Internet Shakespeare Editions

About this text

  • Title: The Merry Wives of Windsor (Folio 1, 1623)

  • Copyright Internet Shakespeare Editions. This text may be freely used for educational, non-proift purposes; for all other uses contact the Coordinating Editor.
    Author: William Shakespeare
    Not Peer Reviewed

    The Merry Wives of Windsor (Folio 1, 1623)

    The Merry Wiues of Windsor.
    2010nest cloathes you send forth to bleaching.
    Page. Why, this passes M. Ford: you are not to goe
    loose any longer, you must be pinnion'd.
    Euans. Why, this is Lunaticks: this is madde, as a
    mad dogge.
    2015Shall. Indeed M. Ford, thi is not well indeed.
    Ford. So say I too Sir, come hither Mistris Ford, Mi-
    stris Ford, the honest woman, the modest wife, the vertu-
    ous creature, that hath the iealious foole to her husband:
    I suspect without cause (Mistris) do I?
    2020Mist. Ford. Heauen be my witnesse you doe, if you
    suspect me in any dishonesty.
    Ford. Well said Brazon-face, hold it out: Come forth
    Page. This passes.
    2025Mist. Ford. Are you not asham'd, let the cloths alone.
    Ford. I shall finde you anon.
    Eua. 'Tis vnreasonable; will you take vp your wiues
    cloathes? Come, away.
    Ford. Empty the basket I say.
    2030M. Ford. Why man, why?
    Ford. Master Page, as I am a man, there was one con-
    uay'd out of my house yesterday in this basket: why
    may not he be there againe, in my house I am sure he is:
    my Intelligence is true, my iealousie is reasonable, pluck
    2035me out all the linnen.
    Mist. Ford. If you find a man there, he shall dye a Fleas
    Page. Heer's no man.
    Shal. By my fidelity this is not well Mr. Ford: This
    2040wrongs you.
    Euans. Mr Ford, you must pray, and not follow the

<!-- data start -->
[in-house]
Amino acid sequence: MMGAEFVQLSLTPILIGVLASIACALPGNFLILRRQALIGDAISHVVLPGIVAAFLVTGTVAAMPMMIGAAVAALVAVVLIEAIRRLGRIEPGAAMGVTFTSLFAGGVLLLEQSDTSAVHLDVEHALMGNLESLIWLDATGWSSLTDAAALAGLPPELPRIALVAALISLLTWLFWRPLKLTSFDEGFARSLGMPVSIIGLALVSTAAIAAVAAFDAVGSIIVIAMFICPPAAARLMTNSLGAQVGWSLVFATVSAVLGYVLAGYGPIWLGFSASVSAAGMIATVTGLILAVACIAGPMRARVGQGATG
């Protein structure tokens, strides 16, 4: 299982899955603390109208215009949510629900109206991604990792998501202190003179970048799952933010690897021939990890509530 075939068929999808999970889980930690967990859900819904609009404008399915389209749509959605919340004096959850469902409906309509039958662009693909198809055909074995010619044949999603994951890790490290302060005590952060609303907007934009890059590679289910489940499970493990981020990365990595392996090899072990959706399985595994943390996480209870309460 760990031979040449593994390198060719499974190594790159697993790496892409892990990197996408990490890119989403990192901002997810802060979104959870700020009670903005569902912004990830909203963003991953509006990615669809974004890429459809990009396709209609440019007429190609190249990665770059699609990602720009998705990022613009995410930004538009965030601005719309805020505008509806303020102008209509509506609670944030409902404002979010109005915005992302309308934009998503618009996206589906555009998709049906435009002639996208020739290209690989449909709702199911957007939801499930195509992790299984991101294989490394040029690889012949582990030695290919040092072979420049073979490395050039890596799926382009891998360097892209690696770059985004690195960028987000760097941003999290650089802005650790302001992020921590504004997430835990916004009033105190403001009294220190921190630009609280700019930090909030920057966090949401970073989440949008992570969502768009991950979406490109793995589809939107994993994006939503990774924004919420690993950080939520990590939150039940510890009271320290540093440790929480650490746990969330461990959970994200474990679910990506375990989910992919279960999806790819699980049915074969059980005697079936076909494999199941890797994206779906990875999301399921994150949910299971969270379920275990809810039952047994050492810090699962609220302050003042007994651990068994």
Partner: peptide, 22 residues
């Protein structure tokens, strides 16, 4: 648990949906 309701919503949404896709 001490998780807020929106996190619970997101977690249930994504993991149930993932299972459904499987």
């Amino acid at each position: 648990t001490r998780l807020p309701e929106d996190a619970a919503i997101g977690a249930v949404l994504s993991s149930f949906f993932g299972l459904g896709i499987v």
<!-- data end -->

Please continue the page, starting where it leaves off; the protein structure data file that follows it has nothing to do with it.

imaginations of your owne heart: this is iealousies.
    Ford. Well, hee's not heere I seeke for.
    Page. No, nor no where else but in your braine.
    2045Ford. Helpe to search my house this one time: if I find
    not what I seeke, shew no colour for my extremity: Let
    me for euer be your Table-sport: Let them say of me, as
    iealous as Ford, that search'd a hollow Wall-nut for his
    wiues Lemman. Satisfie me once more, once more serch
    2050with me.
    M. Ford. What hoa (Mistris Page,) come you and
    the old woman downe: my husband will come into the
    Ford. Old woman? what old womans that?
    2055M. Ford. Why it is my maids Aunt of Brainford.
    Ford. A witch, a Queane, an olde couzening queane:
    Haue I not forbid her my house. She comes of errands
    do's she? We are simple men, wee doe not know what's
    brought to passe vnder the profession of Fortune-telling.
    2060She workes by Charmes, by Spels, by th'Figure, & such
    dawbry as this is, beyond our Element: wee know no-
    thing. Come downe you Witch, you Hagge you, come
    downe I say.
    Mist. Ford. Nay, good sweet husband, good Gentle-
    2065men, let him strike the old woman.
    Mist. Page. Come mother Prat, Come giue me your